LumberJocks

Need help deciding which saw to use.

  • Advertise with us

« back to Power Tools, Hardware and Accessories forum

Forum topic by drdavis posted 10-18-2016 06:16 PM 304 views 0 times favorited 8 replies Add to Favorites Watch
View drdavis's profile

drdavis

1 post in 45 days


10-18-2016 06:16 PM

Hi,
I am trying to figure out which way is the best to slice logs into discs. I want a flat surface when done so I can transfer photos to the wood. Im debating whether a chainsaw and sanding, or a bandsaw and sanding would work and which would work better. I have some 8-12 inch pieces and some 20 inch pieces. I would need to purchase a bandsaw so any suggestions on which one to get?

Thanks!


8 replies so far

View ShaneA's profile

ShaneA

6471 posts in 2058 days


#1 posted 10-18-2016 06:22 PM

Chainsaw and a router sled might be most cost efficient. A 20” log will require a pretty large bandsaw.

View them700project's profile

them700project

31 posts in 478 days


#2 posted 10-18-2016 07:01 PM

how about a small log mill and use it to slice instead of slab.

View them700project's profile

them700project

31 posts in 478 days


#3 posted 10-18-2016 07:02 PM

but if you are doing this in serious bulk you may want to look at a horizontal band saw

View Lazyman's profile

Lazyman

687 posts in 847 days


#4 posted 10-18-2016 07:06 PM

When you get above about 10” diameter logs you start needing a pretty big ($$$) bandsaw. Plus slicing a round log on a band saw without some sort of jig which will reduce the diameter you can cut even further can be dangerous because with blade pulling down, the log tends to want to roll downward as you saw. That is a recipe for disaster.

Your best bet is to slice it with a chainsaw. To get a smooth surface afterwards a router sled as ShaneA suggested might be a good option. Another idea to get a smooth surface is to use an angle grinder with a flap sanding disk to get it relatively smooth and then finish with random orbital sander.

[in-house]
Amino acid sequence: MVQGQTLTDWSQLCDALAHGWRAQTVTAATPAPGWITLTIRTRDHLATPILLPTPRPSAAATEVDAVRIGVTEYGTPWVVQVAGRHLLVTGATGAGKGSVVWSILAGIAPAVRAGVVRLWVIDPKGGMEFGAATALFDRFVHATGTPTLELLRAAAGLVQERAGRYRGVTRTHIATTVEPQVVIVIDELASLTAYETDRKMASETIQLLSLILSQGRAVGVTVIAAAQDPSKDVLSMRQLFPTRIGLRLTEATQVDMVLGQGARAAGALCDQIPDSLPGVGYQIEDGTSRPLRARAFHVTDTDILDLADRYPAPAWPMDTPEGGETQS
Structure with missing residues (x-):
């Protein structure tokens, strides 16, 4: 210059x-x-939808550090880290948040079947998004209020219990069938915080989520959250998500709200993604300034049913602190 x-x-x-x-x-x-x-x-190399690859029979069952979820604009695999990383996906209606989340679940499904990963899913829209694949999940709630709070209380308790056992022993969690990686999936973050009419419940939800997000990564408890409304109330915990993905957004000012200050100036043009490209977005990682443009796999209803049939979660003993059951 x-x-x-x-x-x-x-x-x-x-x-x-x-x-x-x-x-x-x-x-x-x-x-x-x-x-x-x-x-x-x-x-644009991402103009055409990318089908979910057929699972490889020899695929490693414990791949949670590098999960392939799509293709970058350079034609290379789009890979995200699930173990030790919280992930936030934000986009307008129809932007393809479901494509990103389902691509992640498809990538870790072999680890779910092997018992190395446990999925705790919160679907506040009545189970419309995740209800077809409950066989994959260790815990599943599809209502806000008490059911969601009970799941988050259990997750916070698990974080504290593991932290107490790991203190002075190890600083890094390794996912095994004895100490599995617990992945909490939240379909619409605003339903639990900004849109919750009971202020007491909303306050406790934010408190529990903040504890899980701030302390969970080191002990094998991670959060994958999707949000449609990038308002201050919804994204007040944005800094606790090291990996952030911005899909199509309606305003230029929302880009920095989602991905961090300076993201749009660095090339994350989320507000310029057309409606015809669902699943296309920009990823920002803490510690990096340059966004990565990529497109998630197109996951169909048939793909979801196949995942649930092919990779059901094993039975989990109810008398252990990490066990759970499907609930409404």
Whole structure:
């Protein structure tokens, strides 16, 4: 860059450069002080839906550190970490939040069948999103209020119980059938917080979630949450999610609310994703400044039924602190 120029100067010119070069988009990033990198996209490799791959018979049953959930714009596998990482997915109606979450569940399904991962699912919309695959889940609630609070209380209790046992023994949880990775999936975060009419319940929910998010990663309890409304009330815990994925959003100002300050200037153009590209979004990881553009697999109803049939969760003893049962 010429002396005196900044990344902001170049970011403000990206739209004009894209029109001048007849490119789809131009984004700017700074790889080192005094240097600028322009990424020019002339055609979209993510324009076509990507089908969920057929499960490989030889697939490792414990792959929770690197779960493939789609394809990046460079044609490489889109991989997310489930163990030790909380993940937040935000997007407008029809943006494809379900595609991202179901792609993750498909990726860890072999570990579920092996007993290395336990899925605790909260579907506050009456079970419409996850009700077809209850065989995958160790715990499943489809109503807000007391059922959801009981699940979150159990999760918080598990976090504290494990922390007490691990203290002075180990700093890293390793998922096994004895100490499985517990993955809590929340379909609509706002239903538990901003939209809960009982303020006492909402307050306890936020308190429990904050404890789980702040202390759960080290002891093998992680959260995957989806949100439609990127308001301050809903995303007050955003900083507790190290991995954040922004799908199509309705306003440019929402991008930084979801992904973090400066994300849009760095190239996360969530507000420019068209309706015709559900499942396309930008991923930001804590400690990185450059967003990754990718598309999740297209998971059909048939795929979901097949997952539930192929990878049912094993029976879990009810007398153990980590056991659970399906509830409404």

-- Nathan, TX -- Hire the lazy man. He may not do as much work but that's because he will find a better way.

View AHuxley's profile

AHuxley

493 posts in 2781 days


#5 posted 10-18-2016 08:12 PM

If you have large enough bandsaw and feel like making a log slicing jig/table that is the obvious choice but the chainsaw and sanding would be cheaper if you are starting from scratch. The chainsaw will require far more prep than the bandsaw approach though.

View Carloz's profile

Carloz

171 posts in 51 days


#6 posted 10-18-2016 09:23 PM

This guy will give you an idea.

View CopperTree's profile

CopperTree

50 posts in 518 days


#7 posted 11-06-2016 07:55 AM

I use an 18” electric Stihl chainsaw in my shop for this. They are lighter/easier to control and often have a smaller kerf chain. Another benefit is they run clean, no exhaust.

I call them cookies as opposed to slabs due to their shape. I recently cut several 2 1/2” cookies from a 36” log and after flattening and sanding each one was 2” thick.

View mike02130's profile

mike02130

95 posts in 132 days


#8 posted 11-07-2016 12:13 AM

Two choices.
1, buy a disc saw,
2, do it the Roy Underhill way.

-- If the tool was invented after the Depression, I don't need it.

Have your say...

You must be signed in to reply.

DISCLAIMER: Any posts on LJ are posted by individuals acting in their own right and do not necessarily reflect the views of LJ. LJ will not be held liable for the actions of any user.

Latest Projects | Latest Blog Entries | Latest Forum Topics

HomeRefurbers.com